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    Straying a bit from the thread topic, but I expect David will sort that out...

    Quote Originally Posted by carl View Post
    AQ in Yemen may be able to sneak an explosive cartridge on a cargo plane or make jockey shorts that might go bang but those are not ops on the scale of 9-11. In order to do something like that you need a country that likes you to live in.
    Ramzi Yousef hatched an ambitious plan to blow up airliners, assassinate the Pope, and fly a commercial jet into Langley from an apartment in downtown Manila. He might have pulled it off if he hadn't gotten sloppy.
    Last edited by davidbfpo; 09-25-2012 at 09:51 AM. Reason: partly copied to the Sanctuary thread, leaving Afg specific points here
    “The whole aim of practical politics is to keep the populace alarmed (and hence clamorous to be led to safety) by menacing it with an endless series of hobgoblins, all of them imaginary”

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    Quote Originally Posted by Dayuhan View Post
    Ramzi Yousef hatched an ambitious plan to blow up airliners, assassinate the Pope, and fly a commercial jet into Langley from an apartment in downtown Manila. He might have pulled it off if he hadn't gotten sloppy.
    He did indeed. He also attended an AQ training camp in Afghanistan I believe. He hid out in Pakistan for a while. Khalid Sheikh Mohammed is his uncle. And he finally got picked up in Pakistan. So I would say, his case buttresses my point.
    Last edited by davidbfpo; 09-25-2012 at 09:51 AM. Reason: partly copied to the Sanctuary thread, leaving Afg specific points here
    "We fight, get beat, rise, and fight again." Gen. Nathanael Greene

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    Council Member davidbfpo's Avatar
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    Default Safe Haven(s) in a new thread?

    Thanks Dayuhan:
    Straying a bit from the thread topic, but I expect David will sort that out...
    Yes I will. The issue of safe haven(s) for AQ and other terrorist groups has appeared before, so I'm not sure if there is an alternative home for these posts, if not a new thread will emerge.

    The new consolidated thread on safe haven, sanctuary, sanctuaries and ungoverned spaces is called 'Sanctuary or Ungoverned Spaces:identification, symptoms and responses':http://council.smallwarsjournal.com/...ead.php?t=3905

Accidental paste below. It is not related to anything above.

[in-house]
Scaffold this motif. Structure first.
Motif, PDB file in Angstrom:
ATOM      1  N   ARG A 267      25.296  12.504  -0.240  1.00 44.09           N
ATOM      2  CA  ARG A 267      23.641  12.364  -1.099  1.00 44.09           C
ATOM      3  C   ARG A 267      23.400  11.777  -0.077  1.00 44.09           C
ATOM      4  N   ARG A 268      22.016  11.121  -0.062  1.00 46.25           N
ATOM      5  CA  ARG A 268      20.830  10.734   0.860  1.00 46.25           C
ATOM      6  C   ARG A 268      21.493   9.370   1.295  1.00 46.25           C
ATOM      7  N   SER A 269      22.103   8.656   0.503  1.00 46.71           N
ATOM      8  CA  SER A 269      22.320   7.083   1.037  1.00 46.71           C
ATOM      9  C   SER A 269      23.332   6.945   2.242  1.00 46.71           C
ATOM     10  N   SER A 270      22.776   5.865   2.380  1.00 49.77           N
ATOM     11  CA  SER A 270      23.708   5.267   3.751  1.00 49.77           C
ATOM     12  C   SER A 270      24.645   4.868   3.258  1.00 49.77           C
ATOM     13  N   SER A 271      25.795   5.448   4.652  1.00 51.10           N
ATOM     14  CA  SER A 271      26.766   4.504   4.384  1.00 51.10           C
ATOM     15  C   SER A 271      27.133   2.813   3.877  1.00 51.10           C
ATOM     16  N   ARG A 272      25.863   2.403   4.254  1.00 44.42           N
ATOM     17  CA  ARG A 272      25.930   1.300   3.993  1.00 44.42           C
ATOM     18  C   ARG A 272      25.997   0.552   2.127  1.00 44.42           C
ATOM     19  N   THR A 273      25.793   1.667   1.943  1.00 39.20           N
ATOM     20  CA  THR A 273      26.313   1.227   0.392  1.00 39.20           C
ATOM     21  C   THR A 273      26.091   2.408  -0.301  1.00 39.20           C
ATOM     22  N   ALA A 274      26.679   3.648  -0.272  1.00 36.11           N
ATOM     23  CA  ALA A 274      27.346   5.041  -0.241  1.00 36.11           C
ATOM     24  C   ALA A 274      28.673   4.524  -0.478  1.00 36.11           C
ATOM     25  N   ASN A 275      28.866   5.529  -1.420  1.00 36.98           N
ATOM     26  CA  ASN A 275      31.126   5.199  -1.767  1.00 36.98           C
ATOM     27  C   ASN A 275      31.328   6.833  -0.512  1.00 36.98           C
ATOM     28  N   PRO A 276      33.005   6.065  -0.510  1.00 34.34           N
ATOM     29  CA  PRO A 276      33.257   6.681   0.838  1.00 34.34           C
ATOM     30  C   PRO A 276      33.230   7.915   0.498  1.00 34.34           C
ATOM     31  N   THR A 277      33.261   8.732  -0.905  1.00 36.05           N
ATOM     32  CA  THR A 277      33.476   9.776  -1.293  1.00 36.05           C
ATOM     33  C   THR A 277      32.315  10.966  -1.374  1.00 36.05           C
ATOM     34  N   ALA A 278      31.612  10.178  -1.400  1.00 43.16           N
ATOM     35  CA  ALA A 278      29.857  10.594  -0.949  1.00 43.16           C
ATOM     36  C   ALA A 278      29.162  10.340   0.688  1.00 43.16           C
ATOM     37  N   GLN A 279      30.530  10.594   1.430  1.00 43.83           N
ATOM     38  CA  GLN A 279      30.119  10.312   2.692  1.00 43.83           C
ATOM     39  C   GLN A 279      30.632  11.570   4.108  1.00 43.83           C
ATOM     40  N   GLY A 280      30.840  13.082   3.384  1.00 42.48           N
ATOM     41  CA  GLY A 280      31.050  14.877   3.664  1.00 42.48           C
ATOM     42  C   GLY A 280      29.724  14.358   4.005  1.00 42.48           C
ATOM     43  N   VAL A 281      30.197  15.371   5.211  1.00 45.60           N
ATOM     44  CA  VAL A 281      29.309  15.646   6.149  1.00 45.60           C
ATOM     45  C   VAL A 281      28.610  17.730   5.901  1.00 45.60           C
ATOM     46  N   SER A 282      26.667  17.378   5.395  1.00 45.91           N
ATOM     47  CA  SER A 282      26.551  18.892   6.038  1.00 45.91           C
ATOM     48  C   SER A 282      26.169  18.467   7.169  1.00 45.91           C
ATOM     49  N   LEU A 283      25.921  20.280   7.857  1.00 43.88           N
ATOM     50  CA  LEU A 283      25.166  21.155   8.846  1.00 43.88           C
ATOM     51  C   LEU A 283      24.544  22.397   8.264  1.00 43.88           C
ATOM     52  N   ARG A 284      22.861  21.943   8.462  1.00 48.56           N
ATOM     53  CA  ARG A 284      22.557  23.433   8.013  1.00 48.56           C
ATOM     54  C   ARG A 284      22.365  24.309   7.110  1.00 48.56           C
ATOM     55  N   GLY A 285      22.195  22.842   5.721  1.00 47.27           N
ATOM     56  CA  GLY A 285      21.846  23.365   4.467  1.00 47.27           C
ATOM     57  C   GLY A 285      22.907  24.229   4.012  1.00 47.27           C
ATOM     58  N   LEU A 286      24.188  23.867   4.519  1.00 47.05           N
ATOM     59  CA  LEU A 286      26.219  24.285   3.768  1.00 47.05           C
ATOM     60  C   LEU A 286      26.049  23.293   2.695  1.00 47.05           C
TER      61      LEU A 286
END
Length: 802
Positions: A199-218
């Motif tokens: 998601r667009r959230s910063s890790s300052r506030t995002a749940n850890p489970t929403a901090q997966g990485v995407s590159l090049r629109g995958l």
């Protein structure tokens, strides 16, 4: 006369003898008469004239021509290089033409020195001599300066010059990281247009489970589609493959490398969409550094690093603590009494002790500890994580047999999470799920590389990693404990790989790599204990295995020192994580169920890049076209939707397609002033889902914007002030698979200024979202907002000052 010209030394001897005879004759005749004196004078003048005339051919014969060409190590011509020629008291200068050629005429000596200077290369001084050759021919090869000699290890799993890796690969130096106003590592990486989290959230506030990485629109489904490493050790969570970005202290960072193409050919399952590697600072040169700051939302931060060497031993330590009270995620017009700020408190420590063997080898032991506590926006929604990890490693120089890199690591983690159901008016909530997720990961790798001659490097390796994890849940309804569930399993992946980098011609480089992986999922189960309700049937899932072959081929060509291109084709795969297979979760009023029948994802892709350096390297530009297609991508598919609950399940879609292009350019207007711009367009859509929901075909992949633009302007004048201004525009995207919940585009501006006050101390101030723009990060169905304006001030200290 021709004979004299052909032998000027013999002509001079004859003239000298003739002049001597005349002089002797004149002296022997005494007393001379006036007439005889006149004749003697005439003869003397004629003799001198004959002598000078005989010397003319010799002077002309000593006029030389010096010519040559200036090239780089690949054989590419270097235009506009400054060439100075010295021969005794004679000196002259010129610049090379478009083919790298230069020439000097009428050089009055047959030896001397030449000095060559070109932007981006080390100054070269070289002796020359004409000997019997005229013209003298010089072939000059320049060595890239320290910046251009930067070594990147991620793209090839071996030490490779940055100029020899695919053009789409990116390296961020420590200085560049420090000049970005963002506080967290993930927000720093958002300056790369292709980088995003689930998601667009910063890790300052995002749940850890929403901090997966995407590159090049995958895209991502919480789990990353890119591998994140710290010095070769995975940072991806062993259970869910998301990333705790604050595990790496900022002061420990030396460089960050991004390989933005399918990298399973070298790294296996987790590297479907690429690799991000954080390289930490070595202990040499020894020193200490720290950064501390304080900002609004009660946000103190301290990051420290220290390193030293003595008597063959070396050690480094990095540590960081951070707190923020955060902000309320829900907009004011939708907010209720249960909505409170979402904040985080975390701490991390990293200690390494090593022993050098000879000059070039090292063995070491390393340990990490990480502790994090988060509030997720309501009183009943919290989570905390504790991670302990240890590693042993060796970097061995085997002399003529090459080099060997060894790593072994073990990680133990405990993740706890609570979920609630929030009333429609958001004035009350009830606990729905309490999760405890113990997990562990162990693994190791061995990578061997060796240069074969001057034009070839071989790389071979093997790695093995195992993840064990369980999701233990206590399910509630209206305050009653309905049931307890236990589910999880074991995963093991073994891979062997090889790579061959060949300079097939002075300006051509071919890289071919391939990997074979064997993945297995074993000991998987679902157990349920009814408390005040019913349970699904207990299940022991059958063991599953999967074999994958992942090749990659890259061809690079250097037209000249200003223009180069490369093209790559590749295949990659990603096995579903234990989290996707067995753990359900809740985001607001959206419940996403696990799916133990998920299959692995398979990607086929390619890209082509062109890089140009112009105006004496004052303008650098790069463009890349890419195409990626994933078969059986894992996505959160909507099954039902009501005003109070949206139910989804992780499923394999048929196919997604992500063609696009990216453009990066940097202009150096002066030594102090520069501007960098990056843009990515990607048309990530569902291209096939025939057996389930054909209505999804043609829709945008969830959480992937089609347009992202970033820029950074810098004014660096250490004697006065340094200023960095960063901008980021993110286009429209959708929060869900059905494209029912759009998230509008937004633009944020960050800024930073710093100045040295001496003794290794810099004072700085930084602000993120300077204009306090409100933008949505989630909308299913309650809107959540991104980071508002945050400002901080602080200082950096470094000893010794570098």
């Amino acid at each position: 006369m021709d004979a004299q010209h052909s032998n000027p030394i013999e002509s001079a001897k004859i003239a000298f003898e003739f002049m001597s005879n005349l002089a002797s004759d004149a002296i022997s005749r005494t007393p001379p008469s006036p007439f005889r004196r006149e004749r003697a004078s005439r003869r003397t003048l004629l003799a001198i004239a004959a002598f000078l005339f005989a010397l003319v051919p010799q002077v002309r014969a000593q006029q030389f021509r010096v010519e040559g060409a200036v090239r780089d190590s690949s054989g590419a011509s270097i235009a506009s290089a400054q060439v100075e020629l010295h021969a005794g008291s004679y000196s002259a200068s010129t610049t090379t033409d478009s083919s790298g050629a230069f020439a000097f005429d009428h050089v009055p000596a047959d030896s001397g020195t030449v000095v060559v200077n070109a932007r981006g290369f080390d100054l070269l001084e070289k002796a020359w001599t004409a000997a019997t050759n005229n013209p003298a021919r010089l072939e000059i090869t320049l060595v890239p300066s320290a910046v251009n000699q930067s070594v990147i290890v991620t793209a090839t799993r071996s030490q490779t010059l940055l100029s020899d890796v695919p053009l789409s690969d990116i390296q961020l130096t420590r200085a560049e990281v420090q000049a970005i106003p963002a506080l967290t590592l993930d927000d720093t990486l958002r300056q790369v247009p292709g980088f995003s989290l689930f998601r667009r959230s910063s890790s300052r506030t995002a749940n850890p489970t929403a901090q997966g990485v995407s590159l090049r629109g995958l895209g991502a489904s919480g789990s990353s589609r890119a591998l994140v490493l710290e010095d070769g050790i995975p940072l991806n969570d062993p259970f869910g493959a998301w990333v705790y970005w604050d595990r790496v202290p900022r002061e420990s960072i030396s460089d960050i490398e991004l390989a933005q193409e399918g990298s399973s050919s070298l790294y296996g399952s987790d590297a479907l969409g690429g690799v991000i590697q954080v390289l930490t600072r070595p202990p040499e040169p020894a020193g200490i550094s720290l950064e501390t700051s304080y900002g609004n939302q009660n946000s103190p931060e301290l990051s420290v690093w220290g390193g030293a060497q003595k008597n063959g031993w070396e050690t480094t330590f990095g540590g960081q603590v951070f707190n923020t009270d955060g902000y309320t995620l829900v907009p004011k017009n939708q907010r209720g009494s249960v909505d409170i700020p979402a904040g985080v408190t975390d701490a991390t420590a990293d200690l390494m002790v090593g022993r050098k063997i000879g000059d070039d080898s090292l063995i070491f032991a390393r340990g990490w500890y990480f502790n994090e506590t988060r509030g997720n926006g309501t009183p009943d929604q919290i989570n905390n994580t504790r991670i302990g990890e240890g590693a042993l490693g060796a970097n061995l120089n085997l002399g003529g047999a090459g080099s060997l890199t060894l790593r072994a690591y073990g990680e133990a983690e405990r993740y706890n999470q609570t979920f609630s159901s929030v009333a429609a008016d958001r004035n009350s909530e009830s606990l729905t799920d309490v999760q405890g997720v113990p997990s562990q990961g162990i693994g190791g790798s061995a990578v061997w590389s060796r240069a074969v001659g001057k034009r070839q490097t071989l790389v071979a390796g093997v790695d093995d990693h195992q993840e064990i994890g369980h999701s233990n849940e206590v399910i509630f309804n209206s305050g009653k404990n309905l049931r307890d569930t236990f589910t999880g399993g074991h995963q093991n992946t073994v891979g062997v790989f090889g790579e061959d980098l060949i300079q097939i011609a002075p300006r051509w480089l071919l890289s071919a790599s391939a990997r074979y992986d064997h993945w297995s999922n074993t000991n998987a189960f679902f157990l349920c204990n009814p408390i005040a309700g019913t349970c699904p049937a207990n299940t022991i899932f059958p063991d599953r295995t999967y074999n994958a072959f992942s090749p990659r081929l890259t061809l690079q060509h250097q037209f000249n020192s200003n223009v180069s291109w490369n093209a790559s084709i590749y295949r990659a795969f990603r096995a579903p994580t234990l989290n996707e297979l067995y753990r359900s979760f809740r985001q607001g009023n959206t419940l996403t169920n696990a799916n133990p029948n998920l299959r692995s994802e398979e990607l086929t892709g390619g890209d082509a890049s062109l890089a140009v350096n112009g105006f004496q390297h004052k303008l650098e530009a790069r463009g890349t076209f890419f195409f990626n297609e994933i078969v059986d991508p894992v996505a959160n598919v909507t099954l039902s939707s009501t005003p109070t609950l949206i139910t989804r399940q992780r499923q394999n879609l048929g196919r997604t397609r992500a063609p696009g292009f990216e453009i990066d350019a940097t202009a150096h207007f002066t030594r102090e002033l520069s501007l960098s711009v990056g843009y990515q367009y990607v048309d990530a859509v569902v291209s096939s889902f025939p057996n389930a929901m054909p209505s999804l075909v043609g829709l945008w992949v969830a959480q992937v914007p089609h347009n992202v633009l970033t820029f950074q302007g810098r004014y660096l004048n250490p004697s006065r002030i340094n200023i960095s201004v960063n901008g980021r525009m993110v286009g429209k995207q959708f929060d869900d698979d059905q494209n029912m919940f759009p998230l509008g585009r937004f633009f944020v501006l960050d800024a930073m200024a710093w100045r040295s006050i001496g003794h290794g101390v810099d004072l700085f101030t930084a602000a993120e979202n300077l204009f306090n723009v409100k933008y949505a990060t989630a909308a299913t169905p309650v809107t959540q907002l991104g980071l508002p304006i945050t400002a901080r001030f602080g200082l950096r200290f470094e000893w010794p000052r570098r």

Last edited by davidbfpo; 09-25-2012 at 09:47 AM.
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    I missed this BBC Radio 4 programme, but the News website has a story on the issue and this appears in a side-bar.

    Captain Doug Beattie has completed 3 tours of Afghanistan, most recently with the Territorial Army. He told File on 4 about the tribal allegiances which conflict with the work of many Afghan recruits.

    There is a podcast for File on 4, but not yet this programme:http://www.bbc.co.uk/podcasts/series/fileon4

    Do not think of the Afghan Police as your local policeman who really looks after criminality. What you're looking at is a man who is normally illiterate, who is heavily armed, but has no concept of the rule of law. This young man is policing the area he lives in so they have family, friends and tribal leaders coming up to them and asking them to turn a blind-eye when they are moving a poppy crop through a checkpoint - that happens quite a bit."

    "But sometimes there is an insurgent who could be known to the policeman who will ask him to turn a blind-eye so he can carry out whatever he intends to carry out. We know this and we've monitored this in some occasions. It's not because the policemen is aligned to the insurgency, it's not because he is a Taliban who has joined the police, it is because of these external influences against him from his family, from his tribe.
    Link:http://www.bbc.co.uk/news/uk-19672852
    davidbfpo

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    Quote Originally Posted by davidbfpo View Post
    I missed this BBC Radio 4 programme, but the News website has a story on the issue and this appears in a side-bar.

    Captain Doug Beattie has completed 3 tours of Afghanistan, most recently with the Territorial Army. He told File on 4 about the tribal allegiances which conflict with the work of many Afghan recruits.

    There is a podcast for File on 4, but not yet this programme:http://www.bbc.co.uk/podcasts/series/fileon4
    It's up now on the link and follow instructions on link:



    .
    Last edited by davidbfpo; 09-28-2012 at 10:07 AM. Reason: Fix link

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    I think you guys are being too hard on yourselves or have extremely inflated opinions about the abilities of your armies !! The Afghans in general and the Pashtuns specifically see Westerners as violently different in terms of religious, cultural, ethnic and political orientation. To top it all you appear the losing side with a planned departure date !! What did you expect ? To complicate things you have a rabidly anti US country through which your major Lines of Communication pass. I think that you're doing pretty well for now. My solution : shore up the moderates, Hazaras, Shias & Tajiks, kick the Pakis in the balls while you skedaddle.

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    Quote Originally Posted by Gurkha View Post